A riot policeman closes the door of the court as protesters try to avoid tear gas in Athens, on Wednesday. Protesters clashed with police in an Athens court of appeals as foreclosures begin anew as part of reforms under Greece's bailout plans.
Ruling SYRIZA’s Political Council convened on Thursday under the shadow cast by the resumption Wednesday of auctions of foreclosed properties and the use of tear gas by riot police to counter angry protesters at an Athens courthouse.
Leading SYRIZA officials raised concern that the issue, which has even polarized the ruling party itself on ideological grounds, could inflict serious damage to the leftist-led government’s image, at a time when it is attempting to push the narrative that Greece is back on the road to financial recovery.
Several leading officials also said that a verbal agreement between the government and the banks not to auction off primary residences up to 300,000 euros is simply not enough to keep the lid on ever growing discontent emanating from the party’s base and across the board.
A verbal agreement, they insisted, is no guarantee that it will be upheld and could lead to the perception that the government is on course for yet another political turnaround.
To preempt this turn of events, party officials said it is essential that the government puts its commitment in writing by passing it into legislation.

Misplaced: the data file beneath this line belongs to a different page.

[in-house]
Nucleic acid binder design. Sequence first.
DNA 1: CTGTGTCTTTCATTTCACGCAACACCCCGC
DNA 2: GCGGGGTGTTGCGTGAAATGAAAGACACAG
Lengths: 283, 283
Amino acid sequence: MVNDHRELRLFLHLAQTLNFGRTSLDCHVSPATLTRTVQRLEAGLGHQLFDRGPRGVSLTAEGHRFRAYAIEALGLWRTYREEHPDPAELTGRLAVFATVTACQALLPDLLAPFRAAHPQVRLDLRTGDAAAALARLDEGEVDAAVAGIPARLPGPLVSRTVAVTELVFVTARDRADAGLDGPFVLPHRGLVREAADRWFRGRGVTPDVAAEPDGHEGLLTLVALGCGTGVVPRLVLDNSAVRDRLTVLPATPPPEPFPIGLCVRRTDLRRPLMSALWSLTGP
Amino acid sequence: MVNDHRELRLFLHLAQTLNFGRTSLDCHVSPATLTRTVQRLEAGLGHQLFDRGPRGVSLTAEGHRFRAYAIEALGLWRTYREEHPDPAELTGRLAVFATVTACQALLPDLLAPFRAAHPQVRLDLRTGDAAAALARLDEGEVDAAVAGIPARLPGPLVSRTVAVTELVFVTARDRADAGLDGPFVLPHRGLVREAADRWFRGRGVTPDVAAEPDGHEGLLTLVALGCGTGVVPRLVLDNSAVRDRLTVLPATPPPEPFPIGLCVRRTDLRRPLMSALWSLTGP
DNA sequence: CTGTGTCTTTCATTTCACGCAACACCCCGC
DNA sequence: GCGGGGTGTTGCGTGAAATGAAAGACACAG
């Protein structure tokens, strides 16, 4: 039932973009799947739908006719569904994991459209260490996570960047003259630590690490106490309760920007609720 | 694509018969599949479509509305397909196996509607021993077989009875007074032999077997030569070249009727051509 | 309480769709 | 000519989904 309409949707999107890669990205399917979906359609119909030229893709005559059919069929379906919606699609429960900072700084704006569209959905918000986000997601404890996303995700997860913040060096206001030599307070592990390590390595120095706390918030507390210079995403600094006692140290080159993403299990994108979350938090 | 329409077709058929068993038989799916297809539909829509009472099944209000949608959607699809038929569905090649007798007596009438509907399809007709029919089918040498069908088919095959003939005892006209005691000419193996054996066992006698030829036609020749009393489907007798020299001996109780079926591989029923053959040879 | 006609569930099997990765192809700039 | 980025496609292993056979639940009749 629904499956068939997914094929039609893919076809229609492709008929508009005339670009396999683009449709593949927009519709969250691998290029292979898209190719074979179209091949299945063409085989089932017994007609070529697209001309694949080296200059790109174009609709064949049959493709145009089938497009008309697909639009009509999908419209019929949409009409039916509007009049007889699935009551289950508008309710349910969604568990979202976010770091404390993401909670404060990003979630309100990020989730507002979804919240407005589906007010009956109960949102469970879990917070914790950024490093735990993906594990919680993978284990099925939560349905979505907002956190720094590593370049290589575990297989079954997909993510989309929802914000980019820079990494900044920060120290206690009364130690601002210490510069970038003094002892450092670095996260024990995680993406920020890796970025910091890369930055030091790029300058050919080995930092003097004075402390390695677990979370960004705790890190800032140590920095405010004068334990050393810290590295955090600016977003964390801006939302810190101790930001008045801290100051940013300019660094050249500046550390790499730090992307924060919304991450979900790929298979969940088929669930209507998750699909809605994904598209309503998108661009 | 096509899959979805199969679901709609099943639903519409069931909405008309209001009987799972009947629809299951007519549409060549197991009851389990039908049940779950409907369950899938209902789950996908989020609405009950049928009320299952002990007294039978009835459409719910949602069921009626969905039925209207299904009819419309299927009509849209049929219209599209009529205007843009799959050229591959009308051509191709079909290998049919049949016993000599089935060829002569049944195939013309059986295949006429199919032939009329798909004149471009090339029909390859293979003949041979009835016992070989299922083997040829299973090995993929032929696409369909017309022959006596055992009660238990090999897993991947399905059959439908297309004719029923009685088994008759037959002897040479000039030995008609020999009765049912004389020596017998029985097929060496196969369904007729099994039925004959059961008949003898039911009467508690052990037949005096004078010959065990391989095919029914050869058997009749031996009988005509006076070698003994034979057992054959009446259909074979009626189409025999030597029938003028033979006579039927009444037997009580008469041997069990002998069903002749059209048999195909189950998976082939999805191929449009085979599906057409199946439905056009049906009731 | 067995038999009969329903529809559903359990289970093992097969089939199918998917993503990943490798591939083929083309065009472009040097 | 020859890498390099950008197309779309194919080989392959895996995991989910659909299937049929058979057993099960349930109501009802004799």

However, the government appeared intent on Thursday on sticking to its so-called “gentlemen’s agreement” with the banks, as, it said, putting it into law would undoubtedly draw a strong reaction from the European Stability Mechanism (ESM).
For his part, Finance Minister Euclid Tsakalotos said the concerns of SYRIZA officials and the party base can only be overcome by pursuing a growth agenda.
“[Greek] society has many needs. One of these needs is to have growth and have a society that can stand on its own feet,” Tsakalotos said after the meeting. He added that the government’s commitment to growth cannot be implemented if the banking system is not built on healthy foundations.
Government spokesman Dimitris Tzanakopoulos echoed similar sentiments, saying that the fine balance must be found between achieving a healthy banking system and protecting people’s homes.
With regard to the bailout review negotiations, the council said that all parties involved want a swift conclusion and, for this reason, several difficult issues will be deferred to the next bailout review.